Although going to the park is still a beloved childhood activity because it is free (unlike an amusement park or an arcade), playgrounds nowadays have changed significantly since you were a kid. Many traditional favorites, such as merry-go-rounds and monkey bars, are becoming more and more uncommon due to safety concerns. Find out which childhood playground equipment names are vanishing one by one.
Playground Names List
- Jungle Gyms
- Giant Strides
- Metal Slides
- Witch’s Hat
- Concrete Surfaces
- Monkey Bars
- Rocket Climbers
It used to be a childhood tradition to get hit in the head with a seesaw, but that no longer holds true. More than 600 playgrounds in New York City had traditional wooden seesaws, but five years ago there was just one left, according to city park officials. The same situation is occurring across the country as a result of updated federal regulations playground names list defining that seesaws are not as safe for smaller children as other equipment and require significant design adjustments.
Even if you may have great memories of spinning on the merry-go-round till you felt a little queasy, it’s unlikely that your children or grandchildren will have the same experience. While some merry-go-rounds can still be seen on older playgrounds, the majority of them have been replaced with safer, less rust-prone replacements. As a result of lawsuits in New Jersey and elsewhere, officials are now too wary to continue using this venerable piece of gear.
The tall metal structures from your childhood have been removed from the majority of playgrounds, despite the assertions of some experts that they may be a fantastic place for kids to take risks and test their limitations. Parents have campaigned for reforms, federal and manufacturer safety rules have been altered, and the threat of lawsuits resulting from injuries is stronger than ever. These are just a few of the elements at play.
It was invented at the turn of the 20th century and is known as “the most renowned piece of playground equipment in history.” Children would swing themselves around a center pole while clinging to hanging ropes, chains, or bars that resembled trapezes. Sounds dangerous? Yep. Furthermore, the Consumer Product Safety Commission officially advises against them for use in contemporary playgrounds, making any that do so a very uncommon sight.
In the past, almost every child was aware that sliding down a metal slide on a hot summer day could result in a terrible burn. Today, the majority of those slides have been abandoned in favor of plastic slides or slides that are at the very least painted with a particular type of heat-reducing paint. But kids should still use caution. Plastic can still become hot enough to result in burns, as the CPSC points out.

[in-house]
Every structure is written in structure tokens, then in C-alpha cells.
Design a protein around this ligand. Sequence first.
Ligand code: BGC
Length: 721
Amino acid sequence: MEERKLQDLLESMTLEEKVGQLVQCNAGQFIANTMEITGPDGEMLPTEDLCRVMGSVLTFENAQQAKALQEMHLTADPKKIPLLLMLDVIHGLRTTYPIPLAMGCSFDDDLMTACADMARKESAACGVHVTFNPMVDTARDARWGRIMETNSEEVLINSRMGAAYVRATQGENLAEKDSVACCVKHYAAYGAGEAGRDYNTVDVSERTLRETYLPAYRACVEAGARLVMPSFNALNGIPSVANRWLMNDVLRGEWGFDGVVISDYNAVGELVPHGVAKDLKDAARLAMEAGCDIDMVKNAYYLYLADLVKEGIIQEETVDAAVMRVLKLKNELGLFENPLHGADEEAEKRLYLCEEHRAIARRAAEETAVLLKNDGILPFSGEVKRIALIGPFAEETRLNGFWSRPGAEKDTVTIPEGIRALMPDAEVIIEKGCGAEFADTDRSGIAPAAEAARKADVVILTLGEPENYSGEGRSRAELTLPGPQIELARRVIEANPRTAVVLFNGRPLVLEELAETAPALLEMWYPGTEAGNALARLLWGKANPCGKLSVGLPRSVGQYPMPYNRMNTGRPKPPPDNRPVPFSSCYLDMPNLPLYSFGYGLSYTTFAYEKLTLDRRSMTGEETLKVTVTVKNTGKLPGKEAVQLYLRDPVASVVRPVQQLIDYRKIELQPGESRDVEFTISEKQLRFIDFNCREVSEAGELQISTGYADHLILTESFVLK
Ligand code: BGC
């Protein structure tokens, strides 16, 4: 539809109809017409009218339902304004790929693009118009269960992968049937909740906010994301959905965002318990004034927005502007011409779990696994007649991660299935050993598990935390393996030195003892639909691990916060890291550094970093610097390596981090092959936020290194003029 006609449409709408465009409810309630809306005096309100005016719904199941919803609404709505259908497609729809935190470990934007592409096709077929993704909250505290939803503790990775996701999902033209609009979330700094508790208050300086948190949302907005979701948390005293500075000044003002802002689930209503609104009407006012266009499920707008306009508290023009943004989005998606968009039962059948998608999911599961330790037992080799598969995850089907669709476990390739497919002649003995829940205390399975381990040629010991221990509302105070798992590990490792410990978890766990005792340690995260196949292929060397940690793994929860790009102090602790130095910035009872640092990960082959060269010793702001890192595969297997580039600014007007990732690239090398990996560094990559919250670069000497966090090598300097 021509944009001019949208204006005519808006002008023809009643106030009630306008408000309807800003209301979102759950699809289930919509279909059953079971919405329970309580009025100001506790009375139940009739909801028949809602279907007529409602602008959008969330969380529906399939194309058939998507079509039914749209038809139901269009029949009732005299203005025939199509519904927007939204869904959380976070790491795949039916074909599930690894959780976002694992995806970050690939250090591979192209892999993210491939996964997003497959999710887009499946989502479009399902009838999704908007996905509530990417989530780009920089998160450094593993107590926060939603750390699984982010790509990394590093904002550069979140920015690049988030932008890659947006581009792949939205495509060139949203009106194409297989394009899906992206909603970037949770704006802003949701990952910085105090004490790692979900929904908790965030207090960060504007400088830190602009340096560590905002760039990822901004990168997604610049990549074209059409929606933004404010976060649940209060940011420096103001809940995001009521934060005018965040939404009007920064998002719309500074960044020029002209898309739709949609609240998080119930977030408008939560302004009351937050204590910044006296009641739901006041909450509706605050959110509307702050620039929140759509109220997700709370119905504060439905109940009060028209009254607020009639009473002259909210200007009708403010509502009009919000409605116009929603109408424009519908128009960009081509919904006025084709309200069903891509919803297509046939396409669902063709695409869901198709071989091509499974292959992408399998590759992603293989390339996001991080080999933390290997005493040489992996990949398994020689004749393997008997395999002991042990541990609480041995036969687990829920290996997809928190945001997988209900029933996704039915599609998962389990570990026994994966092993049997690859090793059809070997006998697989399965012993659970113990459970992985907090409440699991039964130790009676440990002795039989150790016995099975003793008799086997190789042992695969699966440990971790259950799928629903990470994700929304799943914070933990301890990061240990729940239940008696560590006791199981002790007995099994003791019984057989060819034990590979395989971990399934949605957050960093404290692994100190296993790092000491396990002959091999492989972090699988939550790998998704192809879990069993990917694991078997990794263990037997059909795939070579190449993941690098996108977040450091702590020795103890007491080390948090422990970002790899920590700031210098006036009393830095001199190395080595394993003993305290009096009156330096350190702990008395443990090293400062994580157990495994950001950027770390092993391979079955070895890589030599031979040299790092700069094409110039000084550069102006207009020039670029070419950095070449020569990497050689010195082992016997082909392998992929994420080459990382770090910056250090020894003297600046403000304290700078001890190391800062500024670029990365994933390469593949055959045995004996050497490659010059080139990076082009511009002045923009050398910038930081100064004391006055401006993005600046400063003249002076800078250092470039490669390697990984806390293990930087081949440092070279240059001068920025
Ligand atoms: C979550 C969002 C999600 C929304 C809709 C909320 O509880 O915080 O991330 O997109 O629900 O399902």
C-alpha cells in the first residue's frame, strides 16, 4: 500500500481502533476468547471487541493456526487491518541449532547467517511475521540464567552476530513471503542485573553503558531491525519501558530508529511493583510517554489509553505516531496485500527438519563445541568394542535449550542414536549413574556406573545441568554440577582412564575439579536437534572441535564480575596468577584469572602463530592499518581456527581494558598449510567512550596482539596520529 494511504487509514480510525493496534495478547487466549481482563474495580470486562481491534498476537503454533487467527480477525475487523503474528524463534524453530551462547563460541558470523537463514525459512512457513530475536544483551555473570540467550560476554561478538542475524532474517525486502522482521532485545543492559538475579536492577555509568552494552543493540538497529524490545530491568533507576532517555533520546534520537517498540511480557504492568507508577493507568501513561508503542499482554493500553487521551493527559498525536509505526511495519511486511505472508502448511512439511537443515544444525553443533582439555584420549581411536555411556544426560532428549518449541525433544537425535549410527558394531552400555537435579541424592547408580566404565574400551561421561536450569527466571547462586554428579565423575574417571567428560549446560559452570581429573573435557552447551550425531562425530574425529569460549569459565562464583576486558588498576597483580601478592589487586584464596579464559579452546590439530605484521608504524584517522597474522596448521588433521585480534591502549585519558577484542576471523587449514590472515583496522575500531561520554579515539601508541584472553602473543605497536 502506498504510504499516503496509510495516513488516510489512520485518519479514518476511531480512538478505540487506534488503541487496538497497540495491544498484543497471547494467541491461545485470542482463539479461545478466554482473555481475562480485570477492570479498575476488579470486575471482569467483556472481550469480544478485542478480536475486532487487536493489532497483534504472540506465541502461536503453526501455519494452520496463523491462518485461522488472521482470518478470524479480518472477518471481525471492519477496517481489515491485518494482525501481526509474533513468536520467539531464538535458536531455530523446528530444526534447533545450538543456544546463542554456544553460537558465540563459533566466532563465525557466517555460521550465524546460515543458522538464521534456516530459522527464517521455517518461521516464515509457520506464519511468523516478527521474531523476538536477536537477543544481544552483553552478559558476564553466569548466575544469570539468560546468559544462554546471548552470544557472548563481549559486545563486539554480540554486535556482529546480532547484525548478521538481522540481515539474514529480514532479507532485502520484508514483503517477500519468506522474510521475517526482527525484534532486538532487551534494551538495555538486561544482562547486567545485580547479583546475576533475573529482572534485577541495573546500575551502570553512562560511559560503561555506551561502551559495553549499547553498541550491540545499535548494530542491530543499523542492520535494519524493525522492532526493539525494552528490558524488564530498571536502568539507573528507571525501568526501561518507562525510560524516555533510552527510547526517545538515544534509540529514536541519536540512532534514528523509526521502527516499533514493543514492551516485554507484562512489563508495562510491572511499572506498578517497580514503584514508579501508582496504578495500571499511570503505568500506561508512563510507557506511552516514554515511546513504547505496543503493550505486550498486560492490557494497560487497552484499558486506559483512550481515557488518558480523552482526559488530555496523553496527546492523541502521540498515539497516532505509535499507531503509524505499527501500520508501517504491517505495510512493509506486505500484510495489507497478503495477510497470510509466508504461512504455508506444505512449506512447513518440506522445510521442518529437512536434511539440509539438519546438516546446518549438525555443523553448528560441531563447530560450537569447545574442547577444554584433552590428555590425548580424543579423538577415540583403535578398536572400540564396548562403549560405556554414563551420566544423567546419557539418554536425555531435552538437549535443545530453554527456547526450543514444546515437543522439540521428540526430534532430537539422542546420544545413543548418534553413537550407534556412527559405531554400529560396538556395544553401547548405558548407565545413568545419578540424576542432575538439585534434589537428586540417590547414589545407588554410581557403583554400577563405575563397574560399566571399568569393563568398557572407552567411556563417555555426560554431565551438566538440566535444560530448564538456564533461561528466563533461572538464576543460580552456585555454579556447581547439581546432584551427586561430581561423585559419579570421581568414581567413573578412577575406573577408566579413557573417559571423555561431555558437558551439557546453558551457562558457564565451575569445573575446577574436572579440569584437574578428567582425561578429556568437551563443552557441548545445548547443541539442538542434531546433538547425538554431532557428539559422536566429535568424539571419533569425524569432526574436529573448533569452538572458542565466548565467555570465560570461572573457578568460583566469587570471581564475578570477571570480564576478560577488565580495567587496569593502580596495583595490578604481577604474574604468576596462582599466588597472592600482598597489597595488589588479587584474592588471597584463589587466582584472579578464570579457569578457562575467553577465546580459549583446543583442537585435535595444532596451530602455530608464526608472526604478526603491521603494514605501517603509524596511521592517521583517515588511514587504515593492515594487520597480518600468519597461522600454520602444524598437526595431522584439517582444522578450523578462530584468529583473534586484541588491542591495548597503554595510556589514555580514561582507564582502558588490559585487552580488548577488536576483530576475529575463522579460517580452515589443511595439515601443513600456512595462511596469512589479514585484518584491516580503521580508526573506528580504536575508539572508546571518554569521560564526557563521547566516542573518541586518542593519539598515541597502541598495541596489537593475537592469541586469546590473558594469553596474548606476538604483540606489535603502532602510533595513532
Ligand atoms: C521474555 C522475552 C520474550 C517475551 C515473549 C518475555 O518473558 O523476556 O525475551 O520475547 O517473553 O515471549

A witch’s hat, which featured a metal platform or wooden seat that you had to step upon while it whirled around a central pole, wasn’t as ubiquitous as a merry-go-round, but it was an exceedingly entertaining way to make yourself queasy. Unfortunately, it was also one of the riskiest playground accessories; according to The Financial Times, there were once five “Witch’s Hat” deaths in Britain in a single year. It suffices to say that new playgrounds skip this one.
After spending an afternoon at the park, many of us spent the summer cleaning sand off of our shoes, yet even innocent sandboxes are being abandoned. They are simply too difficult to keep clean, especially when neighboring cats want to use them as large letterboxes, which is why San Francisco has outlawed them and officials in other cities are following suit. As much as “2,000 times more germs, yeast, and mold per square inch” than lavatory door handles, according to one study. Ick.
It’s likely that you knew a child who broke a bone after falling on the playground, even if you didn’t. After all, you were probably tumbling out of the jungle gym onto a hard surface like blacktop or concrete, or, if you were lucky, dirt. The children of today are landing on much softer ground. Nowadays, equipment must be supported by poured rubber, turf, rubber mats or tiles, wood chips, and shredded rubber.
It used to be a big deal for a kid to master the monkey bars; these days, not so much. Monkey bars are slowly disappearing from playgrounds, but they are still more common than many other items on this list. According to a FiveThirtyEight examination of federal statistics, they appear to be a hotspot for injuries, including bone fractures and even traumatic brain injuries like concussions, as reported by Slate.
Rocket Climbers – An Old Playground Equipment Names
When you were a child during the Cold War, it was common to see enormous metal rockets on playgrounds with jutting slides and steps. These old playground equipment names were created with the intention of enthusing children about the space age, but they are genuinely a remnant of another time. Today’s remnants are primarily abandoned, rusting wrecks that authorities have discarded for the same reasons they’ve replaced other aging metal machinery: the maintenance of plastic is simpler and safer.
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